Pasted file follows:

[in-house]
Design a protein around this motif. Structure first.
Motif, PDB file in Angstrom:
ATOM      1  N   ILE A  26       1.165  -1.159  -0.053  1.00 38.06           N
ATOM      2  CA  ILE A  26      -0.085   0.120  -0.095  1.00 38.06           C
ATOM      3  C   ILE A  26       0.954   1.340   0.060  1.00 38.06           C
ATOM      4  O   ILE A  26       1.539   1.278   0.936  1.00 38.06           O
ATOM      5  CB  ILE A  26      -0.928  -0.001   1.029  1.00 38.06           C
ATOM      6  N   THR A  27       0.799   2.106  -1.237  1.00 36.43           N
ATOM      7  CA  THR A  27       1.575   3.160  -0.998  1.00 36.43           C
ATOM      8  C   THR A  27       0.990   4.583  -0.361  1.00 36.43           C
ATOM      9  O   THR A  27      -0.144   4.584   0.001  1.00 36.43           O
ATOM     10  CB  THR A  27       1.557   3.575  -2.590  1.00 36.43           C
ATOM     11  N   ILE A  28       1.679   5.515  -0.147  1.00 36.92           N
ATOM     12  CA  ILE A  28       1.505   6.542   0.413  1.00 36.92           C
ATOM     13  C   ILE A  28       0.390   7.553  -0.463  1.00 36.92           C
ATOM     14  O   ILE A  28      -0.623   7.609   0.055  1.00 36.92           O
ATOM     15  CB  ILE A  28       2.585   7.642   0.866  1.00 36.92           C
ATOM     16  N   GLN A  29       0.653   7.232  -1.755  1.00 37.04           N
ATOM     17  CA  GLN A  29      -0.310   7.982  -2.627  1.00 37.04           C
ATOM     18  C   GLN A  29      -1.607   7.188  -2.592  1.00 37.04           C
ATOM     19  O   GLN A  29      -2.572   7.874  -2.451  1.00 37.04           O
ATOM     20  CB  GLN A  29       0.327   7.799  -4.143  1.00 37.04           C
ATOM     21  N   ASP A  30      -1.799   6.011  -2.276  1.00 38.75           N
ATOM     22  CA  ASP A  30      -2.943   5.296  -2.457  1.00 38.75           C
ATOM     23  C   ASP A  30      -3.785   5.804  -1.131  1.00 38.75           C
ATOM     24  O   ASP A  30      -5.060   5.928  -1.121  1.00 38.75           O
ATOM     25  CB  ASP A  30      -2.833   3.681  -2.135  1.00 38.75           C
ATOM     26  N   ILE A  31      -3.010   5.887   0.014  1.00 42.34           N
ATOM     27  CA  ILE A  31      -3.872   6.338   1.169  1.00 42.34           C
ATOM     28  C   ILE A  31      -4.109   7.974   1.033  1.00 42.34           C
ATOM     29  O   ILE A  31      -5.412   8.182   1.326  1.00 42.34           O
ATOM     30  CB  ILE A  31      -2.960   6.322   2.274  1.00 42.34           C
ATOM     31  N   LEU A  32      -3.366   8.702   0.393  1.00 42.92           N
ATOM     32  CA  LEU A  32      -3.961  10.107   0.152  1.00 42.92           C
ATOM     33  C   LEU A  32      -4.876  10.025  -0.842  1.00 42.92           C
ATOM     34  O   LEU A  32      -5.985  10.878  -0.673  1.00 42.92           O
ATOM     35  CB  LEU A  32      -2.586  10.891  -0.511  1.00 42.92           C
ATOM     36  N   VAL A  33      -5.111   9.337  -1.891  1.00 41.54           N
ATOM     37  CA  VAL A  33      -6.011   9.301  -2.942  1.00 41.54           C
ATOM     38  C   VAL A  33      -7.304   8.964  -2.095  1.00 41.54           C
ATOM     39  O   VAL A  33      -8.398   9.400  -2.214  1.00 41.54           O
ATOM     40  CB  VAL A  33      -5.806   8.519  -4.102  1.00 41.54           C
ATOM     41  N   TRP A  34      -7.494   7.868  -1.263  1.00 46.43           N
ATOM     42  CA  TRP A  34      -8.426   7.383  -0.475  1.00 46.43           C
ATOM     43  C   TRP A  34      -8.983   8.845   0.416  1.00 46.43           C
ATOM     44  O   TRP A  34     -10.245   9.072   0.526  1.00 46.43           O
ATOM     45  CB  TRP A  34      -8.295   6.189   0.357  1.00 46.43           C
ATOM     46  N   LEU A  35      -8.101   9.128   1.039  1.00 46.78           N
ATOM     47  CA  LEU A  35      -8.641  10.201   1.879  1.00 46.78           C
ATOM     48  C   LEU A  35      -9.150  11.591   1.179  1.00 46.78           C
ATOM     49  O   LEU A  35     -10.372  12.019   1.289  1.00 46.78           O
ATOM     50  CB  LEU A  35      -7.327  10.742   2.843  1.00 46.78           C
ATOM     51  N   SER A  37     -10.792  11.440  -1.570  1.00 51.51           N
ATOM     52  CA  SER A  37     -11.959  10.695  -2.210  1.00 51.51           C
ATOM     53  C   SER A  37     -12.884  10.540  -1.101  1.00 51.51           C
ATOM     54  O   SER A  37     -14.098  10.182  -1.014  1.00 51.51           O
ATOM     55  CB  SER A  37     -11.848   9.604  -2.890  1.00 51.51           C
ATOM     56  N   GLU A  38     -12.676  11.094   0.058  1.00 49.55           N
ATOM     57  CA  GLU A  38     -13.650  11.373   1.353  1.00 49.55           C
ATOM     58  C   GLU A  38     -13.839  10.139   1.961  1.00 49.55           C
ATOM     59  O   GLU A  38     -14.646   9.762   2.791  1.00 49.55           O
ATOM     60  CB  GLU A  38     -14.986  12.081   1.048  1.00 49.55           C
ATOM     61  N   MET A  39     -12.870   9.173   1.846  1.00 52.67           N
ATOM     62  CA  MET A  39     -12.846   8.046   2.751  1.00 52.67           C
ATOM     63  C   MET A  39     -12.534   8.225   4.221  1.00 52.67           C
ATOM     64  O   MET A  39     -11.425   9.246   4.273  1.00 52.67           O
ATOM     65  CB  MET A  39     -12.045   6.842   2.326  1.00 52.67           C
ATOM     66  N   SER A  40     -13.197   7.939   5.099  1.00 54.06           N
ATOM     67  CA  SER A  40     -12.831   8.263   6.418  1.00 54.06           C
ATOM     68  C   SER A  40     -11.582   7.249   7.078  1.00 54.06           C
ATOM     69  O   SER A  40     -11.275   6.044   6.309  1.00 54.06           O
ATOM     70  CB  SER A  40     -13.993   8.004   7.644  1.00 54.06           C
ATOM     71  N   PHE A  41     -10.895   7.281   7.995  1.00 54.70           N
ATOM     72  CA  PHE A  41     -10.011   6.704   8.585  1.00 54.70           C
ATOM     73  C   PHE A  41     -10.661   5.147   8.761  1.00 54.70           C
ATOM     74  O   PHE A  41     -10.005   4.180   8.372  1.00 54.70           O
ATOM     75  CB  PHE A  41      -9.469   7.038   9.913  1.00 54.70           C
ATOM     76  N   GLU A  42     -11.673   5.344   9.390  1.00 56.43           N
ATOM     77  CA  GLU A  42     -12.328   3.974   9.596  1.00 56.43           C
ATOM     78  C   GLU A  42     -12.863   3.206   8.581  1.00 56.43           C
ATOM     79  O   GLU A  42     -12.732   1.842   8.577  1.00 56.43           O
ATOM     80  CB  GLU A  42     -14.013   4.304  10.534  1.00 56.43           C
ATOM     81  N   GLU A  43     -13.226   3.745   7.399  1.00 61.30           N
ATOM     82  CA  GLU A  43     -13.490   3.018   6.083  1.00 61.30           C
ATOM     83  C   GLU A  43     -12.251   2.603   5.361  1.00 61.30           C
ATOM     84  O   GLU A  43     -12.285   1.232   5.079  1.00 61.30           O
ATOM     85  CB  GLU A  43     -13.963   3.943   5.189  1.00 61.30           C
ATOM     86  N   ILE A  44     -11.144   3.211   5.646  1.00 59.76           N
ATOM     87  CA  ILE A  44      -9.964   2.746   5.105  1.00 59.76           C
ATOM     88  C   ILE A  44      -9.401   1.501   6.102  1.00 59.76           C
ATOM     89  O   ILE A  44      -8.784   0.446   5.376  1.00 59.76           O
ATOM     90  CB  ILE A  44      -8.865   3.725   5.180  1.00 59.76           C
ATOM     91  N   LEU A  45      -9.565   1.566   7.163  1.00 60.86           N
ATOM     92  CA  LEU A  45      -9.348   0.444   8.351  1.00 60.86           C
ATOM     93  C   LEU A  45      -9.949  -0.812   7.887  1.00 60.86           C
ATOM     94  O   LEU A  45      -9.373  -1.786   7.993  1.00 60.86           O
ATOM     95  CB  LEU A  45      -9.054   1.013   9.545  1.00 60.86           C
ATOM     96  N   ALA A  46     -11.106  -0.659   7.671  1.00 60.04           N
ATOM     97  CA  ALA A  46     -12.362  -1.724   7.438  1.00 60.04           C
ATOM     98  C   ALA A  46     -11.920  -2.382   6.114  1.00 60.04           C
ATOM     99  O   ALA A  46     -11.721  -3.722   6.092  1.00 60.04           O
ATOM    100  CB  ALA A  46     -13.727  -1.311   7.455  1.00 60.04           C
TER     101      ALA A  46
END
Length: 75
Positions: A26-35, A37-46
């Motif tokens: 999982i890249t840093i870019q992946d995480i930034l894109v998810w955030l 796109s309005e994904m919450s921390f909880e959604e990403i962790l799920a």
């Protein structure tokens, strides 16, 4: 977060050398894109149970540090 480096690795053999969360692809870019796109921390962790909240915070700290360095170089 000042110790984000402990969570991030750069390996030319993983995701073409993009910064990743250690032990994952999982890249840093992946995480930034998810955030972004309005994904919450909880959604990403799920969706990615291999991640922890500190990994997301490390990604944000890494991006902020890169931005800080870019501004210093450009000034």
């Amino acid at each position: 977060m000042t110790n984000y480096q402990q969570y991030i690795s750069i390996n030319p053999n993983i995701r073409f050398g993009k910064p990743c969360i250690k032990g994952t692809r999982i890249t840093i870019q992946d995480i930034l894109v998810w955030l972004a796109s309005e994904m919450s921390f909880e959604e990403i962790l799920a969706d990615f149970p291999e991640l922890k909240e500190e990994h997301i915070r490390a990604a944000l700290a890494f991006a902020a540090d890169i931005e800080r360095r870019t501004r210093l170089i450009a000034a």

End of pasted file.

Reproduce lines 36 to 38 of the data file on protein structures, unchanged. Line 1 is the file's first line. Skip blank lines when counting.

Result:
ATOM     33  C   LEU A  32      -4.876  10.025  -0.842  1.00 42.92           C
ATOM     34  O   LEU A  32      -5.985  10.878  -0.673  1.00 42.92           O
ATOM     35  CB  LEU A  32      -2.586  10.891  -0.511  1.00 42.92           C